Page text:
Kenya improves in Africa prosperity ranking

November 6, 2014


Kenya's performance was boosted by the social, and entrepreneurship and opportunity indicators/XINHUA-File
Kenya’s performance was boosted by the social, and entrepreneurship and opportunity indicators/XINHUA-File
NAIROBI, Kenya, Nov 6 – Kenya has emerged 13th out of 38 countries in Africa, according to the latest 2014 Africa Prosperity Report by the UK based advisory and advocacy firm, Legatum Institute.

The largest regional economy improved four positions since the 2012 Africa Prosperity Report, which looks at measuring the growth and prosperity of economies across the continent.

Kenya’s performance was boosted by the social, entrepreneurship and opportunity indicators, which stood at position six and nine respectively out of the eight indicators measured in the survey carried out between 2012 and 2014.

Legatum Institute Research Analyst Solene Dengler said Kenya’s Small and Medium Enterprise sector is going to be one of the major drivers of the economy, given proper focus.

“The report indicates that indeed business is thriving in the country mostly due to technology,” Dengler said during an interview with Capital FM Business in Nairobi.

Other measured indicators in the survey were governance, education, health, economy, safety, security and personal freedom.

Kenya’s main challenge was on safety and security which stood at position 32, followed by economy and education at 22 and 15 respectively.

Botswana was the most prosperous country in Africa and has maintained the lead in the last three consecutive years.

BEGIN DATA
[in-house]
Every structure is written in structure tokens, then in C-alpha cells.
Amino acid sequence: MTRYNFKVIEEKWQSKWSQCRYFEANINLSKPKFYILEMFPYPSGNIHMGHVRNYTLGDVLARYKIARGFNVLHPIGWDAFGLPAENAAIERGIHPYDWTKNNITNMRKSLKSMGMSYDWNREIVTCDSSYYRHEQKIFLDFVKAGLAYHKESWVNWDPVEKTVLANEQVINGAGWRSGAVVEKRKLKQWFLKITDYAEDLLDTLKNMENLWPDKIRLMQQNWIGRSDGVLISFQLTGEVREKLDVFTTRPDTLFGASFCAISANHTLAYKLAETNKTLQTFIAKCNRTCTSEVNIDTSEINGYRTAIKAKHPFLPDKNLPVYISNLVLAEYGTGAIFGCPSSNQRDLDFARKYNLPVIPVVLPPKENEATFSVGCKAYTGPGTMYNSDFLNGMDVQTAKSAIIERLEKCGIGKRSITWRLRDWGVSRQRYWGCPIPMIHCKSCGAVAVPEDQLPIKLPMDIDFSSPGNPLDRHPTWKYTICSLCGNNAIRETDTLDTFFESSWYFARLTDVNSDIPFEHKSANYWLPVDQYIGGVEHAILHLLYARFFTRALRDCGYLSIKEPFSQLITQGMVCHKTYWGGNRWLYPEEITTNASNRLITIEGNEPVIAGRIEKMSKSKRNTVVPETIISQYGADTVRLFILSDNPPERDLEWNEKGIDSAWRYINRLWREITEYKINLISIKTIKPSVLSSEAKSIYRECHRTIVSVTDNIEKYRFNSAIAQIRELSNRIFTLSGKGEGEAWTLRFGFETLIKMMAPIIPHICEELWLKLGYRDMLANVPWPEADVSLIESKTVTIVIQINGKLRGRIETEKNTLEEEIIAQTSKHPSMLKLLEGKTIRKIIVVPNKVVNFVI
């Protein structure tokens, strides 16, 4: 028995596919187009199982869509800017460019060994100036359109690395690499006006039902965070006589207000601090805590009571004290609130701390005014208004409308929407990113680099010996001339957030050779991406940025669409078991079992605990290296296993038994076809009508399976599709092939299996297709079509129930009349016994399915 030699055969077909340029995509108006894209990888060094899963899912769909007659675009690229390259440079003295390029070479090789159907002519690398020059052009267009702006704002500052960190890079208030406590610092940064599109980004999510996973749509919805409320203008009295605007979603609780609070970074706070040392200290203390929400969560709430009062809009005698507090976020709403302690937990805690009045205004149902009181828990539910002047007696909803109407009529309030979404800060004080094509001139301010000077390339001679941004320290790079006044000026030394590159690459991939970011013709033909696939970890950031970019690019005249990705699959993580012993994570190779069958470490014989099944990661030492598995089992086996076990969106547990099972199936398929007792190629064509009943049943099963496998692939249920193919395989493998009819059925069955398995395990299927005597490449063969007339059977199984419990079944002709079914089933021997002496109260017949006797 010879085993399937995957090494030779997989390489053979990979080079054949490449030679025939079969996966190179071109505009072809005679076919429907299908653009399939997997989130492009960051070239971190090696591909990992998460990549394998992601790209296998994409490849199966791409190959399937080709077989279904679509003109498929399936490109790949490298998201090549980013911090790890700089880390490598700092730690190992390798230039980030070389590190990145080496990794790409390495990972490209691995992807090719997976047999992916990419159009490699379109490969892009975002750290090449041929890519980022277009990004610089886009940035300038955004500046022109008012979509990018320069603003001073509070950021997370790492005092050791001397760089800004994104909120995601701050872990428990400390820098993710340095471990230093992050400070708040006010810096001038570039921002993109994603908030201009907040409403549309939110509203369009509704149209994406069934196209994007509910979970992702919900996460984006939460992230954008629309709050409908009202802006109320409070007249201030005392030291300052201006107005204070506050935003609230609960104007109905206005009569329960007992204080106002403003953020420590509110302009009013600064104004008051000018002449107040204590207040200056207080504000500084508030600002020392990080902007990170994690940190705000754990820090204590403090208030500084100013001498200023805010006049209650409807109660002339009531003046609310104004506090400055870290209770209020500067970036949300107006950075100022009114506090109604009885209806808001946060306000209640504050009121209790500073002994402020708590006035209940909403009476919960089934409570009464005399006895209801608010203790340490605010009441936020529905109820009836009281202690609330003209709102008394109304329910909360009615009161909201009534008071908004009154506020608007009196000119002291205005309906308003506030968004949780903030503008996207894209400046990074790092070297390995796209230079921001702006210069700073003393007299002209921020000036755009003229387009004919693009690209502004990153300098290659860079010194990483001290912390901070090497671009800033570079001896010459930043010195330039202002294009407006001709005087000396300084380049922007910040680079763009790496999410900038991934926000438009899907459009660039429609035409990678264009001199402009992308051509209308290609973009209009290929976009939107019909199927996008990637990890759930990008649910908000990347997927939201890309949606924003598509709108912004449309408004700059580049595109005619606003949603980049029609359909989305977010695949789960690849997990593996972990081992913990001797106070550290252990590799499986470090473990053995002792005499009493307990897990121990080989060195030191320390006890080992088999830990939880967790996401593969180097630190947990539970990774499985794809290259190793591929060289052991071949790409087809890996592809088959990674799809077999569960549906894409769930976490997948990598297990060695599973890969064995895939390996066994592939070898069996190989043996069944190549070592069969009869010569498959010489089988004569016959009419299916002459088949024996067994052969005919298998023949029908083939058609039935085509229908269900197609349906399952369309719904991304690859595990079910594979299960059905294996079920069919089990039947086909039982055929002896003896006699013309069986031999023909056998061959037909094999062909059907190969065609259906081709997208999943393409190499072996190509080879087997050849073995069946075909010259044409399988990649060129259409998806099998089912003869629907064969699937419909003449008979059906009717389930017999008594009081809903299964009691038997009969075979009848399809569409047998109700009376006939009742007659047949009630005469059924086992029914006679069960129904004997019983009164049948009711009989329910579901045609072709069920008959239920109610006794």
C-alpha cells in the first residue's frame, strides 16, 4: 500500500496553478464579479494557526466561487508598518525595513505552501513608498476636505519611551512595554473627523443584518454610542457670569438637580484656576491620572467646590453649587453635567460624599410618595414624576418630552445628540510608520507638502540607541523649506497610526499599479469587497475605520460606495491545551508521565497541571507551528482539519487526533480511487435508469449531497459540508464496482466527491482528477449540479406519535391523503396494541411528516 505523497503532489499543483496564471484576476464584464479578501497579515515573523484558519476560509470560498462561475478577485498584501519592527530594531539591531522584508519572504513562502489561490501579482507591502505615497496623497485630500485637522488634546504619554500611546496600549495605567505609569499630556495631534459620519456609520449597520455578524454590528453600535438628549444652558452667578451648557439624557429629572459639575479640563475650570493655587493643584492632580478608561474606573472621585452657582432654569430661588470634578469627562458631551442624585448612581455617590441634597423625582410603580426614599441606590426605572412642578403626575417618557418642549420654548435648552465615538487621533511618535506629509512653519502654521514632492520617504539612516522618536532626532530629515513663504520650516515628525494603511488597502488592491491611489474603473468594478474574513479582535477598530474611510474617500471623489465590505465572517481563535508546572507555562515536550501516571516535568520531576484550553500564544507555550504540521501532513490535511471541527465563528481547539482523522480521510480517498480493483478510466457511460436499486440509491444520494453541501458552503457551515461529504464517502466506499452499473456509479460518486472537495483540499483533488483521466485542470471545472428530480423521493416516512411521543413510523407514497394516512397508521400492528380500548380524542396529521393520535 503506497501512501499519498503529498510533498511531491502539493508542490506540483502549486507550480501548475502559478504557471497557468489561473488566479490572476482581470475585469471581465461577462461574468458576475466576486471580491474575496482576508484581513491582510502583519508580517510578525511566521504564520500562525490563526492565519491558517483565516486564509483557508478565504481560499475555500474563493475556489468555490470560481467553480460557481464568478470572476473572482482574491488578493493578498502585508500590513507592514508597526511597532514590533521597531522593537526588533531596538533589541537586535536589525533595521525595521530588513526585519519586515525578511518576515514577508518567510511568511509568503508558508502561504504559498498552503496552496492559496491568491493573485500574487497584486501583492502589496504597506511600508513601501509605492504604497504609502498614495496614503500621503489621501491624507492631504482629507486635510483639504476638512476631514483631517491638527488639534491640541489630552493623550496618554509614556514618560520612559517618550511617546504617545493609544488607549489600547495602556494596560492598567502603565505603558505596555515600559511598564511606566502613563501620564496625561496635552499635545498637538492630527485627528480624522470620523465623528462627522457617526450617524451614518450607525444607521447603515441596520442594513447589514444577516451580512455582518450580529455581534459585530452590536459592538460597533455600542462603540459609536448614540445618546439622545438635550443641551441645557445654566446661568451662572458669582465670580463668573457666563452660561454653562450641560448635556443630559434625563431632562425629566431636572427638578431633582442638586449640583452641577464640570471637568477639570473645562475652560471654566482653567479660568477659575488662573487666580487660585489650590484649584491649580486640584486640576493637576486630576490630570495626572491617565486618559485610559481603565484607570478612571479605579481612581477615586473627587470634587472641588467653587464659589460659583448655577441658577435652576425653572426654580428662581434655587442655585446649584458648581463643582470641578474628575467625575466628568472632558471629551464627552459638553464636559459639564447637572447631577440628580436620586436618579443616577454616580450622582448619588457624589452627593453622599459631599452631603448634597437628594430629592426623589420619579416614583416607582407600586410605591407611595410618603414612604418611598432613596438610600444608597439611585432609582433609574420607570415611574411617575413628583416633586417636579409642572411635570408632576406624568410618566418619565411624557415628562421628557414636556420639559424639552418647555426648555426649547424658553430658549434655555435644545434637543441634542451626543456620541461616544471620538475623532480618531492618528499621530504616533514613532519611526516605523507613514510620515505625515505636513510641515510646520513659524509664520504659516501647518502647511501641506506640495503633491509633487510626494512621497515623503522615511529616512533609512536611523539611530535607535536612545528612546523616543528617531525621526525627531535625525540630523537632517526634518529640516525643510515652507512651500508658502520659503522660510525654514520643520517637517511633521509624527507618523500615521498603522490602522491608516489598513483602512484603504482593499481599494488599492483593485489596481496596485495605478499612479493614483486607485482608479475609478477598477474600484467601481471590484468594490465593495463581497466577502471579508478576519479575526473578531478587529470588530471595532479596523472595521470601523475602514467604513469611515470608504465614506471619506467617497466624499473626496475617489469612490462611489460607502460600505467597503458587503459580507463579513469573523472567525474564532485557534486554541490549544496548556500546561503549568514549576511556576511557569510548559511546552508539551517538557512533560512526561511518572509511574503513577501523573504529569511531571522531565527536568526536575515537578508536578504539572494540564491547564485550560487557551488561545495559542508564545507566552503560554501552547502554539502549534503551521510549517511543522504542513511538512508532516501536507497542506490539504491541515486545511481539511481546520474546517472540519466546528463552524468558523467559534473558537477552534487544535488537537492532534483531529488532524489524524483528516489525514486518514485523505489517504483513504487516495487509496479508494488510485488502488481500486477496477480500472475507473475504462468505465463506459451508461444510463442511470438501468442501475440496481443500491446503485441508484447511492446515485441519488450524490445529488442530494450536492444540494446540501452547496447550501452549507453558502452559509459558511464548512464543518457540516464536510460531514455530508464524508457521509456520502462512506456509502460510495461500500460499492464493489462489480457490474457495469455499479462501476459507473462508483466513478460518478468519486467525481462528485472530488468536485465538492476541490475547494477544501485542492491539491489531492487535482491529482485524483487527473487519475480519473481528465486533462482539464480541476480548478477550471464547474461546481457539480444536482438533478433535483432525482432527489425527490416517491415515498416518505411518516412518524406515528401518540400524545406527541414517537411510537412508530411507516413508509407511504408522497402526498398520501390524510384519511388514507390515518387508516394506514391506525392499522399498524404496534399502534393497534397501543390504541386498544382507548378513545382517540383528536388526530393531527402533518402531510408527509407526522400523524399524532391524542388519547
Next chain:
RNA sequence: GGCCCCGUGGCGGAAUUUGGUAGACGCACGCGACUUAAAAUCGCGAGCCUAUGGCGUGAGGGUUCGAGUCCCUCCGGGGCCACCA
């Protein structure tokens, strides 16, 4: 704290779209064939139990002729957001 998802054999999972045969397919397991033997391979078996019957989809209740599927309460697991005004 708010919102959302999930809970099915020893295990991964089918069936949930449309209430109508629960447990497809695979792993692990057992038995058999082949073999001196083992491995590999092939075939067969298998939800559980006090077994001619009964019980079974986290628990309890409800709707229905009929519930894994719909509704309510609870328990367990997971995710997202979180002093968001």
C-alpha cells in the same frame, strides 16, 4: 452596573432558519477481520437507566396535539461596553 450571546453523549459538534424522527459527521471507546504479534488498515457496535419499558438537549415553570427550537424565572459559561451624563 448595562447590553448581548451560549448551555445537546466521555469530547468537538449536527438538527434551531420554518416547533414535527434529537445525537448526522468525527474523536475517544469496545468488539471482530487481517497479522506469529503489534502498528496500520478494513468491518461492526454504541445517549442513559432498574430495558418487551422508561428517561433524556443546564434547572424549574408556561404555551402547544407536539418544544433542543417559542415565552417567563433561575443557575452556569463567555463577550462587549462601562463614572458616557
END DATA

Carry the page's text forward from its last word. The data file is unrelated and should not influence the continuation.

“Botswana best performance is in the governance sub-index where it ranks first in 2014. However the lowest ranking is in the economy sub-index, where it ranked position 17,” Dengler explained.

Rwanda was leading in the East Africa region as the most prosperous, emerging position 10 out the 38 countries. The fast growing country improved five positions since the 2012 annual prosperity index.

Burkina Faso was the most improved in education while Egypt ranked last in personal freedom. Malawi fell 11 places in two years due to a drop in the economy sub-index.

The Eastern Africa region saw the largest increase in prosperity in the past three years.

“The region has improved most on economy, health and entrepreneurship and opportunity. However, none of the Eastern Africa Countries are in the top 10 of the economy sub-index in 2014,” Dengler noted.

Looking at the other regions on the continent, Southern Africa countries are all in the top 10 for education, governance, entrepreneurship and opportunity.

All northern Africa countries are in the bottom third for personal freedom while only two Western African countries, Ghana and Benin, rank above the African average in education.

The majority of the data and analysis is within the full report taken from the Legatum Prosperity Index, an annual report which explores a total of 142 countries across the globe.

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